Posts Tagged ‘national campaign’

Iranian human rights defender Emad Baghi continues his campaign against the death penalty

July 10, 2019

Emadeddin Baghi, seen in a picture uploaded April 28, 2012.

Can fiction help an anti-death penalty campaign in Iran? MEA laureate 2009 Emad Baghi thinks so. He published a 456-page semi-autobiographical work bwith the aim to turn the public against the death penalty in his country. [see e.g.]

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Human Rights Defenders in Tanzania start public education campaign re arrest

January 22, 2019

THRDC national coordinator Mr Onesmo Ole

THRDC national coordinator Mr Onesmo Ole Ngurumo
Josephine Christopher reports that two human rights groups have initiated a special campaign on Tuesday, 22 January 2019, seeking to encourage the public to speak against violation of rights of suspects when they get arrested by the police force. The campaign titled: “Tetea haki za watuhimiwa (Defend the rights of suspects)” is a brainchild of the Legal and Human Rights Centre (LHRC) in association with the Tanzania Human Rights Defenders Coalition (THRDC). [see also:]

Speaking in Dar es Salaam, the THRDC national coordinator Mr Onesmo Ole Ngurumo said violation of rights of suspects – held by law enforcers – was becoming a new normal in Tanzania, citing the recent ‘unlawful’ detention of three human rights defenders and two citizens at the Loliondo Police Station. “While in custody, the suspects were badly beaten badly. Besides, though they needed emergency medical care, the police continued to hold them in cells until their fellow inmates start rioting for their rights,” he said “Putting suspects under police custody for more than 24 hours without any legal assistance is a violation of human rights, considering that police don’t have the skills and resources to hold people for such long time,” he said.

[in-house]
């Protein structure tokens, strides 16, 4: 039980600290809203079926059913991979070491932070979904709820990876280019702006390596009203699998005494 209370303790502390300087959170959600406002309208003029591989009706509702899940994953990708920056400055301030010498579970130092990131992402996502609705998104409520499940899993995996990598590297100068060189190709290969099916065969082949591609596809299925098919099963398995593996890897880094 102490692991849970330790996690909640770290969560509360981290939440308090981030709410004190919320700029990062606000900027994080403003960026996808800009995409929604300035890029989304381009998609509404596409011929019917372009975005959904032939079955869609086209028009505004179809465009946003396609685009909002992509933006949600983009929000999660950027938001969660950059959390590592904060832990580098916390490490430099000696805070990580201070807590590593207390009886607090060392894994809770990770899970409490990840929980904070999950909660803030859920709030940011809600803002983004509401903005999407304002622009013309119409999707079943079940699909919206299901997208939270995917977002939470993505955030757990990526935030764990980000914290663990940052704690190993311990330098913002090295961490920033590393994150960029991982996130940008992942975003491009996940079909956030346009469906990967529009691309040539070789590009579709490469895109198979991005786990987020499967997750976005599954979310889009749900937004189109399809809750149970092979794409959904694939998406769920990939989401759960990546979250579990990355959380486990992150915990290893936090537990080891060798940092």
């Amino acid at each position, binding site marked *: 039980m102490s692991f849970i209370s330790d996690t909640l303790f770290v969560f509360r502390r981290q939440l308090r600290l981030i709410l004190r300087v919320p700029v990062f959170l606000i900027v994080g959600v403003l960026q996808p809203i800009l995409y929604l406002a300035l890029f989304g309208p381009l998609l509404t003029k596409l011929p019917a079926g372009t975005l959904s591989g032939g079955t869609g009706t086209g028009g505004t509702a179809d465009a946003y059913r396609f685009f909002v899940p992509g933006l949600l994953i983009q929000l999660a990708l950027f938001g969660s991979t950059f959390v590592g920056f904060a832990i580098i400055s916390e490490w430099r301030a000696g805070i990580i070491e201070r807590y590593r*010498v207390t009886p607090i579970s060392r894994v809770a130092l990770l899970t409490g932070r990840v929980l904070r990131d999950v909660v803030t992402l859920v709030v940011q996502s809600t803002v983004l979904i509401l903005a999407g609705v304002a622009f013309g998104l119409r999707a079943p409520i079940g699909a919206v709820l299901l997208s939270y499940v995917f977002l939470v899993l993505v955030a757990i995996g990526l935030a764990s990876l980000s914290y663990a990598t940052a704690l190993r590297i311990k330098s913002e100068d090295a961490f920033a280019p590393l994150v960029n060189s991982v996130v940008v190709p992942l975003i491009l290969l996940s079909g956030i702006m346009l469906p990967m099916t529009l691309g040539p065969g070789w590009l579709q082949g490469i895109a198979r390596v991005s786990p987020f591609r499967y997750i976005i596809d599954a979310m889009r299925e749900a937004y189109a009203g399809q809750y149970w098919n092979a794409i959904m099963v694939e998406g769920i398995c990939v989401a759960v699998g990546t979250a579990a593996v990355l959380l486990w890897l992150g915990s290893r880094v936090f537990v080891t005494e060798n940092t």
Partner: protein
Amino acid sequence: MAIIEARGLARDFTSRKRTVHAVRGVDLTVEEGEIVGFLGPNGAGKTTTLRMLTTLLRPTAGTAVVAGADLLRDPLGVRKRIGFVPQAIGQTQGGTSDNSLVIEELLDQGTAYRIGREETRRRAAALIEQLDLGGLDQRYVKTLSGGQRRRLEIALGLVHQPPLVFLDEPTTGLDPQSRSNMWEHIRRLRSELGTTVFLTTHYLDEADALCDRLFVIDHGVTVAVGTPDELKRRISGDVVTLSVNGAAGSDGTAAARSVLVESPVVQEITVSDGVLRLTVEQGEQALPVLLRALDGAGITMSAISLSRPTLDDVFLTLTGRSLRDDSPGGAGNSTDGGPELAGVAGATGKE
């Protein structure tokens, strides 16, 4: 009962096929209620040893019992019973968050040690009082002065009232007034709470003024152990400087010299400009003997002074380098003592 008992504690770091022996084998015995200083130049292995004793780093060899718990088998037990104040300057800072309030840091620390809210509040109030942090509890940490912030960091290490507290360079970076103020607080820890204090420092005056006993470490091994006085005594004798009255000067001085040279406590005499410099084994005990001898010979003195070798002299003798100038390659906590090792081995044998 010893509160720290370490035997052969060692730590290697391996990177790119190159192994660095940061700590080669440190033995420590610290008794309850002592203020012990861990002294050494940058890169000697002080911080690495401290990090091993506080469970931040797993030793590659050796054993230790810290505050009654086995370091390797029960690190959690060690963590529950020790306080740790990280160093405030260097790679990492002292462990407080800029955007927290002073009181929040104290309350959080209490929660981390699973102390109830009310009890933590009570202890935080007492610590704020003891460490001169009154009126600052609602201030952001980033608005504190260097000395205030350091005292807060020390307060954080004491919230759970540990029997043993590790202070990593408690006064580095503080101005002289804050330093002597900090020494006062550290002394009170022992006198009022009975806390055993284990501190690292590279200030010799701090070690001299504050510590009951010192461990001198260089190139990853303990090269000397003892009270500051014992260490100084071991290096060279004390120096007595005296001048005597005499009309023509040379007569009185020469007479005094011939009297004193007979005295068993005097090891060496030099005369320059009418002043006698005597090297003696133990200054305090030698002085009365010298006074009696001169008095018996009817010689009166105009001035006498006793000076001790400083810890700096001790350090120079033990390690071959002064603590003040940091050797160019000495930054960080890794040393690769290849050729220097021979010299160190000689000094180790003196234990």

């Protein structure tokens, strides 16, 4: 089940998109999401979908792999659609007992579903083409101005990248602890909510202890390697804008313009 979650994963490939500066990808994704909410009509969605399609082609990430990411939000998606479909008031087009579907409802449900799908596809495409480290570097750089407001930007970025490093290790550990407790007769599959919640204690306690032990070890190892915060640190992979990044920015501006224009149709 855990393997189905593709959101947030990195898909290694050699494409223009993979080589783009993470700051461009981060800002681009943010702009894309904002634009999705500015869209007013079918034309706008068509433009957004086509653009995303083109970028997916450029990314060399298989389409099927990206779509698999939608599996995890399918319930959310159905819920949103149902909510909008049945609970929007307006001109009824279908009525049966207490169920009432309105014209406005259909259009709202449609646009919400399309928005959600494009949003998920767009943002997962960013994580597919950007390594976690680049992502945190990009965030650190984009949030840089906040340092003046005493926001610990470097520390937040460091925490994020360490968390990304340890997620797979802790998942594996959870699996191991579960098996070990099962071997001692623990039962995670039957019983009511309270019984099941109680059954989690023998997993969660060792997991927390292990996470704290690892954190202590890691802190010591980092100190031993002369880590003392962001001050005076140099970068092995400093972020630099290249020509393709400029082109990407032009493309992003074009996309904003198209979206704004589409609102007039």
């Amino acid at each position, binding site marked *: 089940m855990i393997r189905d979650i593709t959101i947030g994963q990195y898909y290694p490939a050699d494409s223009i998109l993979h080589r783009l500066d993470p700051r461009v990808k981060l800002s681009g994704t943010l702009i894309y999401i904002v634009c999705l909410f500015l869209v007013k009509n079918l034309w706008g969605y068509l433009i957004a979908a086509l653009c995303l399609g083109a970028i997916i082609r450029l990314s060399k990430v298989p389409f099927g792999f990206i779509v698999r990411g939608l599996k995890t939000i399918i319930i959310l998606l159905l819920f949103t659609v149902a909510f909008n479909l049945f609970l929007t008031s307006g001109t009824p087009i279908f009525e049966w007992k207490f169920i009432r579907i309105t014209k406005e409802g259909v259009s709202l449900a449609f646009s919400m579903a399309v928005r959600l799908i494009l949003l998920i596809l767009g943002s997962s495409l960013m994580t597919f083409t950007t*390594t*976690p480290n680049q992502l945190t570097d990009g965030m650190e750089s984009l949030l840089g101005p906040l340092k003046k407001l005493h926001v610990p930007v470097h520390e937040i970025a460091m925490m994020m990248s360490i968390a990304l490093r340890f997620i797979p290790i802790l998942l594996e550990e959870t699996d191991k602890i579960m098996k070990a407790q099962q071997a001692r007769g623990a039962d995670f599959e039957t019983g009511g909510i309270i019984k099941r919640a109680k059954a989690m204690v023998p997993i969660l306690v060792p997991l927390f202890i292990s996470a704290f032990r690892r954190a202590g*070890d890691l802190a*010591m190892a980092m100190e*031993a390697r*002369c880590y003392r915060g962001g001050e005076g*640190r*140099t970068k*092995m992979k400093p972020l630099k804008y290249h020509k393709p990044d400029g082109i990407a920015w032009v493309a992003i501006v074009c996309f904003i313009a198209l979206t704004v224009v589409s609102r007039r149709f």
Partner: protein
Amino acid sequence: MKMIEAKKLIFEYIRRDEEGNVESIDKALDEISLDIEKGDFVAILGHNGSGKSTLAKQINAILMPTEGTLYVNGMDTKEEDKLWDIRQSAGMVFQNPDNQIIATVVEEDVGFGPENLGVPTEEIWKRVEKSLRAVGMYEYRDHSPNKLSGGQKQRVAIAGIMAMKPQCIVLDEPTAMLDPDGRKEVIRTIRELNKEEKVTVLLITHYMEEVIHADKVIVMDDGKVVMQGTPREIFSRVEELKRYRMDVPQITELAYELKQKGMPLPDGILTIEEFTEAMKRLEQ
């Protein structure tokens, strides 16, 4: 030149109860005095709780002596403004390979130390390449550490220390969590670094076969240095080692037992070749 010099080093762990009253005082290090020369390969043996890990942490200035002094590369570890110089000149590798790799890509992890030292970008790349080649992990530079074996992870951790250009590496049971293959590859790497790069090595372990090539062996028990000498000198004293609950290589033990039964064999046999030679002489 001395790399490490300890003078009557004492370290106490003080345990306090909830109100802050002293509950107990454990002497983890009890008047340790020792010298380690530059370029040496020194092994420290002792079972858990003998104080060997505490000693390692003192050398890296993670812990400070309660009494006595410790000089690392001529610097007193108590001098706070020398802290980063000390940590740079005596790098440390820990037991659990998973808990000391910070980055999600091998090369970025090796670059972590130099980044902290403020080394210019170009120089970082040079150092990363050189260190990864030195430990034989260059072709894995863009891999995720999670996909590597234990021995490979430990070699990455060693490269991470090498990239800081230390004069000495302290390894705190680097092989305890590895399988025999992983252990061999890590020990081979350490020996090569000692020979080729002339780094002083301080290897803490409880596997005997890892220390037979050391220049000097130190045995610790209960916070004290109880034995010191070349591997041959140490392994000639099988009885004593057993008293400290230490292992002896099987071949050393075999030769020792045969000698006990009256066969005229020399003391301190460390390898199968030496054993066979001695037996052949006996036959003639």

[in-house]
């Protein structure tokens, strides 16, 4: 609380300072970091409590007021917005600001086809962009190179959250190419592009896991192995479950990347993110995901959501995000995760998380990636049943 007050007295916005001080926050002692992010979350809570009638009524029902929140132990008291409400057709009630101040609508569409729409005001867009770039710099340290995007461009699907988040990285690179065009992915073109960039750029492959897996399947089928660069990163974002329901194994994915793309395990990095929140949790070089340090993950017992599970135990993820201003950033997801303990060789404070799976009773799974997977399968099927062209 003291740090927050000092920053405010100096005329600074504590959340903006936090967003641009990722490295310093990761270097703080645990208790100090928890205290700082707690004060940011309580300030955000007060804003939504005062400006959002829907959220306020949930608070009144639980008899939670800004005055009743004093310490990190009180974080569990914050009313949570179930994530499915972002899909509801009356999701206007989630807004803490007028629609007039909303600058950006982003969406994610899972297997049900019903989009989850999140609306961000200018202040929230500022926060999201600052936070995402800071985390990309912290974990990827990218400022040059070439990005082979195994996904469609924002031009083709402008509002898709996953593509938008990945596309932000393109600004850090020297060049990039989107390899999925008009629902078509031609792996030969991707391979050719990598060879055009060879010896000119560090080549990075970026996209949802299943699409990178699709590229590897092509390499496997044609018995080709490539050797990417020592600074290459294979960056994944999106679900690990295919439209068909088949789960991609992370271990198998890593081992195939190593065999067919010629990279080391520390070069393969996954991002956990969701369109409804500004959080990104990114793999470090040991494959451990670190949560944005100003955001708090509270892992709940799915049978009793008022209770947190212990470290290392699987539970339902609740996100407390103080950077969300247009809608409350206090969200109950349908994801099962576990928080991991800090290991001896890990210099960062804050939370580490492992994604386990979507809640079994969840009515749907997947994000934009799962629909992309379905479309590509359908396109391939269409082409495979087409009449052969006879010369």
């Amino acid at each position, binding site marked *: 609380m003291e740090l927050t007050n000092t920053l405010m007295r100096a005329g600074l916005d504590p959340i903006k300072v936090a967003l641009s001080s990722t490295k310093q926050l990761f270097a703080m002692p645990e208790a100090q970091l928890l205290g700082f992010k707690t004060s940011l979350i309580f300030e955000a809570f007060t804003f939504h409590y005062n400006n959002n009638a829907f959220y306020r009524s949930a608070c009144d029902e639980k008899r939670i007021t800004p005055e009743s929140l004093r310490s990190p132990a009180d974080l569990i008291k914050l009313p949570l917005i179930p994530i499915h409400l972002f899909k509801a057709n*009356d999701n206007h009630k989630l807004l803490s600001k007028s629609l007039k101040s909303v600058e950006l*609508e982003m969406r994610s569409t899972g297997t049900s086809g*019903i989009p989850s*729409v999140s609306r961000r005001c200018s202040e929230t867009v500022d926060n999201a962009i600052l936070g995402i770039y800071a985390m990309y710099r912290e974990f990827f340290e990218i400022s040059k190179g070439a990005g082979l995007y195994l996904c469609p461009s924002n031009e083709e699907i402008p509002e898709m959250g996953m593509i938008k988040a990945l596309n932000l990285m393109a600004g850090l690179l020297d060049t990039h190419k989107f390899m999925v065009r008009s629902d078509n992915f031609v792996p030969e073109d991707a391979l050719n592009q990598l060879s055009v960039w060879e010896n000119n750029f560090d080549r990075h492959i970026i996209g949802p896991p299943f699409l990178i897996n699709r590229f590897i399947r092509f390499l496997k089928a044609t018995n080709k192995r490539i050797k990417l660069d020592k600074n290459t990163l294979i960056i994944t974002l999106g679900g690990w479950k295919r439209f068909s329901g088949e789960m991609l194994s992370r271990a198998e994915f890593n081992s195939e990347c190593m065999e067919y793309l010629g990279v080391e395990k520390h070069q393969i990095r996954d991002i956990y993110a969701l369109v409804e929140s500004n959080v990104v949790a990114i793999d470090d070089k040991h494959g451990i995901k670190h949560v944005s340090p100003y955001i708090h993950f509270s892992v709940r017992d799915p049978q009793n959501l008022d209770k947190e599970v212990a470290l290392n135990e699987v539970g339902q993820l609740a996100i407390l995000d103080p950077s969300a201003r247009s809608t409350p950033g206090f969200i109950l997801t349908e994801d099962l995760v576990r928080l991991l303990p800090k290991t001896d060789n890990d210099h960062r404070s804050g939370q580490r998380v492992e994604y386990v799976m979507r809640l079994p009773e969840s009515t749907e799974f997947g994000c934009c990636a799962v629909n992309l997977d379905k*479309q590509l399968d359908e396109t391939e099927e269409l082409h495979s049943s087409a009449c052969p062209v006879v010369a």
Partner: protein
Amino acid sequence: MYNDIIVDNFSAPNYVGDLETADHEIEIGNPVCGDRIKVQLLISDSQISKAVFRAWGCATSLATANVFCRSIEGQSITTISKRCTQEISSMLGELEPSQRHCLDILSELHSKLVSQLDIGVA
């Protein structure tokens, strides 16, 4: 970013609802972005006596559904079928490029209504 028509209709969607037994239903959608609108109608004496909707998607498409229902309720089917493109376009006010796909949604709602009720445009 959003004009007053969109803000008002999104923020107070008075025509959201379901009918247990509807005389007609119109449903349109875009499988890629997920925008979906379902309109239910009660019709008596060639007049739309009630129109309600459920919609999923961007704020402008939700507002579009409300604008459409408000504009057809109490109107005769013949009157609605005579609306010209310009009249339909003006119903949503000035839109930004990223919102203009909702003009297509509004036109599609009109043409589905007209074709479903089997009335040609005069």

Profile of Fahma Mohamed, a young British anti-FGM human rights defender

February 19, 2016

19 year-old British human rights defender, Fahma Mohamed, is committed to freeing the world of female genital mutilation (FGM), starting with her own community in Bristol, UK. From when she first heard about the practice of FGM from a teacher at the age of 14, Fahma Mohamed started to challenge its practice, one that studies estimate affects up to 137,000 women and girls in the UK alone.

‘I remember being in complete shock. I’m from an FGM affected community. Why didn’t anyone talk about it? Why isn’t anyone doing anything to stop it? Then I tried to put myself in their position. I couldn’t.’

Miss Mohamed is trustee of Integrate Bristol, an organization working, among other things, to eradicate FGM. Along with colleagues she spearheaded a petition campaign that collected over 230,000 signatures and earned the support of Malala Yousefzai and UN Secretary General, Ban Ki-Moon. The campaign resulted in mandatory training for all education staff on FGM.

‘We are still fighting for awareness on FGM to be taught in all classrooms across the UK. So many girls, both in the UK and further afar, are going through this absolutely traumatic experience. I saw it as my responsibility to give a voice to these young girls, many of whom have no support system and suffer entirely alone.’

Miss Mohamed identifies as a human rights defender, seeing it as a means to give voice to victims and encourage and empower other women and girls to voice their own opposition to FGM.

‘Many women from my Somali community were once afraid to speak out. Now, they’ve joined our campaign and, most notably, pledged not to put their daughters or their daughters’ daughters through it.’ Fahma is quick to underline the vast difference in her work as a defender and the particularly precarious situation of many defenders elsewhere.

‘For me it’s inspiring to hear people put their lives on the line for freedom. My battles are incomparable to theirs.’

However, Fahma’s FGM campaign has received its fair share of backlash. When Integrate Bristol first started to work on the issue, FGM wasn’t mentioned in the media much. Many voices argued that the problem was being exaggerated. On one occasion a group of 75 men, led by a female councilor in Bristol, protested outside the premiere of their film on FGM, Silent Scream.